Power verbs for a technical resume can help you not only showcase your technical knowledge and prowess but also helps to bring your resume to life.
Utilizing certain technical terms, words, and verbs will help to shed light to the recruiter or hiring manager about your skills, accomplishments, and technical proficiencies.
Power Verbs for a Technical Resume
When writing your technical resume, it is best to begin each statement, phrase, or bullet point with a power verb.
These power verbs and words will strengthen your overall experience and ensure that your true understanding shines through.
However, these power words and verbs on a technical resume should not only be placed beneath your experience section.
You can insert these words throughout your entire resume, including your summary, objective, and cover letter.
Why are Power Verbs on a Technical Resume Important?
Nearly all candidates understand the underlying importance of an up-to-date resume.
However, understanding the importance of using power verbs on a technical resume is less understood.
When it comes to understanding why power verbs are important in a resume, it is worthwhile to step back and understand the importance of a resume itself.
A resume is, essentially, a living document that showcases an applicant’s previous experiences.
These experiences can range from previous jobs to volunteer work, to educational and academic qualifications.
However, when showcasing these experiences, you want to display the effectiveness and quality of your work.
Therefore, utilizing power verbs can help you fully convey your achievements and accomplishments.
All-in-all, a resume’s true purpose is to help a candidate land an interview.
And while a stellar resume can help land a position, its true purpose is to convey a candidate’s experience, skills, qualifications, and achievements in a manner that entices the employer to invite the candidate for an interview.
Using power verbs on your resume is the best way to entice an employer to invite a candidate to an interview.
Understanding that a resume’s purpose is to entice an employer to invite a candidate for an interview allows you to rethink and reimagine your current resume.
Does your resume look, feel, or sound bland, boring, or dull?
Employers often receive upwards of 118 applicants per open job role.
With such a large number of applicants, candidates must work to have theirs stand out from the crowd.
Lastly, and unfortunately, many candidates opt to utilize pre-filled resume templates when creating their own.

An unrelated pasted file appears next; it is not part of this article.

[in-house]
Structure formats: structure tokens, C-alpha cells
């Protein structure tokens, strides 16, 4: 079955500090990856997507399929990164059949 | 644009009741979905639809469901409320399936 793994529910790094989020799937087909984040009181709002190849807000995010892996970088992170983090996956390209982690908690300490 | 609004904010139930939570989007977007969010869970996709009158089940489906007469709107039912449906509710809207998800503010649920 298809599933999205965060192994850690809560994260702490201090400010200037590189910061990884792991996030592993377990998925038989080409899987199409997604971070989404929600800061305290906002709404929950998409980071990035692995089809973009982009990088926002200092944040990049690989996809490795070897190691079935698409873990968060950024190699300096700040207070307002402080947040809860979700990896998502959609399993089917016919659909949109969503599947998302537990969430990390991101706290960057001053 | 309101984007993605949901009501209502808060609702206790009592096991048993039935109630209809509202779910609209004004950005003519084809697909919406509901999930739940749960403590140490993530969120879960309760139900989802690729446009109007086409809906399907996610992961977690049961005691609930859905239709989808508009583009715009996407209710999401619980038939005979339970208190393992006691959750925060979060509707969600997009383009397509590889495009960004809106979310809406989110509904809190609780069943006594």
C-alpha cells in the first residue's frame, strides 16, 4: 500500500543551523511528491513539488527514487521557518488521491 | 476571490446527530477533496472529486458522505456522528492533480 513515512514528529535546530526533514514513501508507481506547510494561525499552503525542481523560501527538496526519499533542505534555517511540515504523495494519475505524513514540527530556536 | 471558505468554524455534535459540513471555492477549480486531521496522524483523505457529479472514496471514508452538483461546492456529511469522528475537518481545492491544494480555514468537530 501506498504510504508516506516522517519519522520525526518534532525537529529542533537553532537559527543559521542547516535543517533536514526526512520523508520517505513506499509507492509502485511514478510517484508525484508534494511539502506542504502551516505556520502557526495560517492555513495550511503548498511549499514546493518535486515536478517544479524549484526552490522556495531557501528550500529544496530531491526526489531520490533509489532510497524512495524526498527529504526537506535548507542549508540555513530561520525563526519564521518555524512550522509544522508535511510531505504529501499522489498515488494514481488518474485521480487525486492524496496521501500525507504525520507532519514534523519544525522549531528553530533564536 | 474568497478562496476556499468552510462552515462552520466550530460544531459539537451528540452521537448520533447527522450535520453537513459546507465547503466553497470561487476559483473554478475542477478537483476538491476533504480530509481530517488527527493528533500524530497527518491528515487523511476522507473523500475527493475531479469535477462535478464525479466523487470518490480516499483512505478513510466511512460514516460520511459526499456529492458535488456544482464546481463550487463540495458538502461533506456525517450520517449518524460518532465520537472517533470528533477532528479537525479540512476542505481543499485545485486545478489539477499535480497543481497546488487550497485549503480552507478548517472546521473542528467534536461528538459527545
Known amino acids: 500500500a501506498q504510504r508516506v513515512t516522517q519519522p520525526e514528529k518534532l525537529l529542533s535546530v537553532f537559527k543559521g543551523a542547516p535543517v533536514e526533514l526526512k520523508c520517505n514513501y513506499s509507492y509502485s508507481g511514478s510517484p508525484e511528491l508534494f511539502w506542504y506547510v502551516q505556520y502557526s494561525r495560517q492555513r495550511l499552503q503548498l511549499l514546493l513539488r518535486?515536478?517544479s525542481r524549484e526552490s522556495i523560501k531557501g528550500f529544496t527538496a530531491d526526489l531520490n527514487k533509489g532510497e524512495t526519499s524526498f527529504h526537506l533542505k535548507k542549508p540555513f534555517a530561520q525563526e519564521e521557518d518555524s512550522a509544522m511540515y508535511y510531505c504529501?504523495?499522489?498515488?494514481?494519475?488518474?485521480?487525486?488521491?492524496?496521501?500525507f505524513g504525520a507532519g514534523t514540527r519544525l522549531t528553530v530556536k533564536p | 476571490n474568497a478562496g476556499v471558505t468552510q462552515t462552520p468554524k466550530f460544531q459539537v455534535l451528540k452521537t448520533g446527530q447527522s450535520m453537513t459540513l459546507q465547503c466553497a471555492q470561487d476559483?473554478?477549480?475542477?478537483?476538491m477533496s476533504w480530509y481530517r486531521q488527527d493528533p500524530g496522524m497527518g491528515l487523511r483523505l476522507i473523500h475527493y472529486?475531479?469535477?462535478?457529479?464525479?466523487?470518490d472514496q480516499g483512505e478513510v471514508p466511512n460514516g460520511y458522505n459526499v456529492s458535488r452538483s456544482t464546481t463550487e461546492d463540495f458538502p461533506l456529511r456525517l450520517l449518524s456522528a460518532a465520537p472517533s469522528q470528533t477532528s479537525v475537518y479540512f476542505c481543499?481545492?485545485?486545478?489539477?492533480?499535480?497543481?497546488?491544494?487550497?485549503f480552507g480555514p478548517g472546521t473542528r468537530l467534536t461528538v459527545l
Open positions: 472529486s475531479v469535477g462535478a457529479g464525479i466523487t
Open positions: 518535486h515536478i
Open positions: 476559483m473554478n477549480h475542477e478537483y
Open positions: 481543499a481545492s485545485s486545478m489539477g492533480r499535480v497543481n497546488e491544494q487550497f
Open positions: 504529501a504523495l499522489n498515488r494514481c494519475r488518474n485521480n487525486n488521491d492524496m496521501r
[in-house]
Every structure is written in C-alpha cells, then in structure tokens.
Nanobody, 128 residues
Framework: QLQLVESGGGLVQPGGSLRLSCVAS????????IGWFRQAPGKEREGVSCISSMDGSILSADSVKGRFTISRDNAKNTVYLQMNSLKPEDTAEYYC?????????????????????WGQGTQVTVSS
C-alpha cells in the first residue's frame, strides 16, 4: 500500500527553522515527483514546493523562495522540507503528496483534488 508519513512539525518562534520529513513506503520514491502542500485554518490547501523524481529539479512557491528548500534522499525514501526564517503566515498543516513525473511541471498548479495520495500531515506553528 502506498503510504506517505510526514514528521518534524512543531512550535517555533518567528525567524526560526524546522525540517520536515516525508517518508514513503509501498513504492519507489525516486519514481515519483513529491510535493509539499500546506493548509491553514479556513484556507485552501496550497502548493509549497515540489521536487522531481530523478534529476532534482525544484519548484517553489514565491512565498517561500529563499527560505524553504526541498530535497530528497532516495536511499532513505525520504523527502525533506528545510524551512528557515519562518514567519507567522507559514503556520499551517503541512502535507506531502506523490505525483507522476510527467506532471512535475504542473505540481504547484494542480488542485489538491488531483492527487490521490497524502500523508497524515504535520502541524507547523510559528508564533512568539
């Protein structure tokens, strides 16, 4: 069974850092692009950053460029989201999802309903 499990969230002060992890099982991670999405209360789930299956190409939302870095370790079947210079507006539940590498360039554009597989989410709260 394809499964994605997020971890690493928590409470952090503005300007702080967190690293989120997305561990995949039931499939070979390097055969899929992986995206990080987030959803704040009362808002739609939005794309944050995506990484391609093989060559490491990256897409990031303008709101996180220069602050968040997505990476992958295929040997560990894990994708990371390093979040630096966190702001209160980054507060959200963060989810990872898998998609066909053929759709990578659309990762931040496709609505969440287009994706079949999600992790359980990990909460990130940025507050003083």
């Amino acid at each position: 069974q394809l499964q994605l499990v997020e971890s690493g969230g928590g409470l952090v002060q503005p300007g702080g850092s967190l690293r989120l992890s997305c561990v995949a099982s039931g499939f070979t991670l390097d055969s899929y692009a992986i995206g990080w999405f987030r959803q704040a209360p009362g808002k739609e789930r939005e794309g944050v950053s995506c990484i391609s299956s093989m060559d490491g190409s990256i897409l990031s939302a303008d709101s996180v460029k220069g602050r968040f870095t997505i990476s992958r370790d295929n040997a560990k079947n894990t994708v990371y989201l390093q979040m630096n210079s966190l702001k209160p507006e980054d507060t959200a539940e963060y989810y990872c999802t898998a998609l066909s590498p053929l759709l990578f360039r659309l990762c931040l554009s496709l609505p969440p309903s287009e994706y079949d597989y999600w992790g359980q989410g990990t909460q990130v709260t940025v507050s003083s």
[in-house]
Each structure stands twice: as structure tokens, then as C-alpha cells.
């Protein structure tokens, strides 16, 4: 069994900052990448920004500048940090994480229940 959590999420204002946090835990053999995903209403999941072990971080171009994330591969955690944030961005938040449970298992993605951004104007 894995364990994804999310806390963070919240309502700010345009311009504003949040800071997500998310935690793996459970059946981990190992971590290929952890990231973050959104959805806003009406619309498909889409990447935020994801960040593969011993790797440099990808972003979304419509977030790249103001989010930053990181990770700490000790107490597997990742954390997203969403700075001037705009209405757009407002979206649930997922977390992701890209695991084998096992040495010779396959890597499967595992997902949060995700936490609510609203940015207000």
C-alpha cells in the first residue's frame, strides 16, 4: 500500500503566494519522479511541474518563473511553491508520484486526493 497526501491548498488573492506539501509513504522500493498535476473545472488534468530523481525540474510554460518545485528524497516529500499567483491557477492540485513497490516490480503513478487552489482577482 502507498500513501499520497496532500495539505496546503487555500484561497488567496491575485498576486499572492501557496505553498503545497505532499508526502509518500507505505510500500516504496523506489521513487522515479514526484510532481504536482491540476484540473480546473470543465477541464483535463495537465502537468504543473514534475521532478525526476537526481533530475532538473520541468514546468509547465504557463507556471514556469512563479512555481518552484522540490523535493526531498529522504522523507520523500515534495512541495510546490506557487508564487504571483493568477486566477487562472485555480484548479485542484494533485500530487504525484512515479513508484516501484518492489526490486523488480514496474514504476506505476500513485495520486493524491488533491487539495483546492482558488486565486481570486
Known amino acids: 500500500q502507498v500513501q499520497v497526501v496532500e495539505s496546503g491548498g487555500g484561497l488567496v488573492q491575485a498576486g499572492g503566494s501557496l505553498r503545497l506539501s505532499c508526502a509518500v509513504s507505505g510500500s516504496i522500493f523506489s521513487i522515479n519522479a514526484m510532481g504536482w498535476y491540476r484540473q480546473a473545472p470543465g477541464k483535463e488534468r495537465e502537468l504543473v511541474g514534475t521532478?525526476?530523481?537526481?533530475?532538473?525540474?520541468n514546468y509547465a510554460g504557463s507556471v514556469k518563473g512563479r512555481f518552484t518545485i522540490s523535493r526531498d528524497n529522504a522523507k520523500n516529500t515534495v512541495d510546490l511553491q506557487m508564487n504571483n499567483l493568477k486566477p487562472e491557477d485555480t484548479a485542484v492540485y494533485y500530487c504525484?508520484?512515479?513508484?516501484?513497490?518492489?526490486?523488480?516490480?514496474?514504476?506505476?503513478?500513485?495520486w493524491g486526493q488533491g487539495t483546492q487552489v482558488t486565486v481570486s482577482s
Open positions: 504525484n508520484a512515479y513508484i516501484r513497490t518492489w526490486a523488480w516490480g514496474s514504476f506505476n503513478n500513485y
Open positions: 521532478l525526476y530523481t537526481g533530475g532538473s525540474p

Many of these templates are basic, cookie-cutter templates with no pizzazz or excitement.
As a resume is meant to entice an employer into inviting an applicant for an interview, you should look to rewrite your resume in a manner that is more appealing.
Utilizing power verbs in your resume helps you to stand out from the crowd of applicants.
These power verbs offer apt descriptions of the work and experience you accomplished.
They provide a more fulfilling sense of your achievements and allow the employer to get a better understanding of the work you completed.
What is a Technical Resume?
A technical resume is a resume that is more geared towards the experiences, skills, and accomplishments of the applicant in a technical role.
Whereas other, more traditional, resume focusing on output and work completed, technical resumes are meant to showcase an applicant’s ability, understanding, and grasp of specific technical structure and nuance.
Best Power Verbs for Technical Resume
|Accelerated||• Equipped||• Qualified|
|• Added||• Evaluated||• Quality Assured|
|• Adopted||• Expunged||• Ranked|
|• Aggregated||• Extended||• Realigned|
|• Analyzed||• Extracted||• Rebooted|
|• Applied||• Extrapolated||• Rebuilt|
|• Assembled||• Fabricated||• Reconciled|
|• Authenticated||• Finalized||• Reconstructed|
|• Automated||• Fine-Tuned||• Recovered|
|• Backed-up||• Formatted||• Rectified|
|• Balanced||• Functionalized||• Re-engineered|
|• Blocked||• Grouped||• Refreshed|
|• Boosted||• Hosted||• Reinforced|
|• Branched||• Identified||• Rehabilitated|
|• Bridged||• Implemented||• Released|
|• Built||• Initialized||• Remodeled|
|• Bundled||• Installed||• Replicated|
|• Calculated||• Integrated||• Restored|
|• Calibrated||• Isolated||• Retooled|
|• Certified||• Launched||• Retrieved|
|• Changed||• Licensed||• Retrofitted|
|• Checked||• Linked||• Revamped|
|• Classified||• Loaded||• Revised|
|• Cleaned||• Maintained||• Road mapped|
|• Cleansed||• Manufactured||• Rolled out|
|• Cleared||• Mapped||• Rotated|
|• Coded||• Mechanized||• Routed|
|• Collocated||• Merged||• Safeguarded|
|• Computed||• Migrated||• Salvaged|
|• Computerized||• Mined||• Scanned|
|• Configured||• Mirrored||• Scoped|
|• Consolidated||• Mobilized||• Scrubbed|
|• Constructed||• Modeled||• Secured|
|• Corrected||• Modified||• Selected|
|• Debugged||• Moved||• Sequenced|
|• Deciphered||• Networked||• Solved|
|• Decoded||• Neutralized||• Stabilized|
|• Dedicated||• Operated||• Standardized|
|• Defended||• Optimized||• Straddled|
|• Delivered||• Overhauled||• Systematized|
|• Deployed||• Packaged||• Tested|
|• Digitized||• Patched||• Toggled|
|• Discovered||• Penetrated||• Traced|
|• Dispatched||• Pinpointed||• Transitioned|
|• Distributed||• Prevented||• Updated|
|• Duplicated||• Prioritized||• Upgraded|
|• Enabled||• Processed||• Validated|
|• Engineered||• Programmed||• Verified|
|• Enhanced||• Protected||• Virtualized|
|• Eradicated||• Prototyped||• Web-enabled|
|• Estimated||• Provisioned|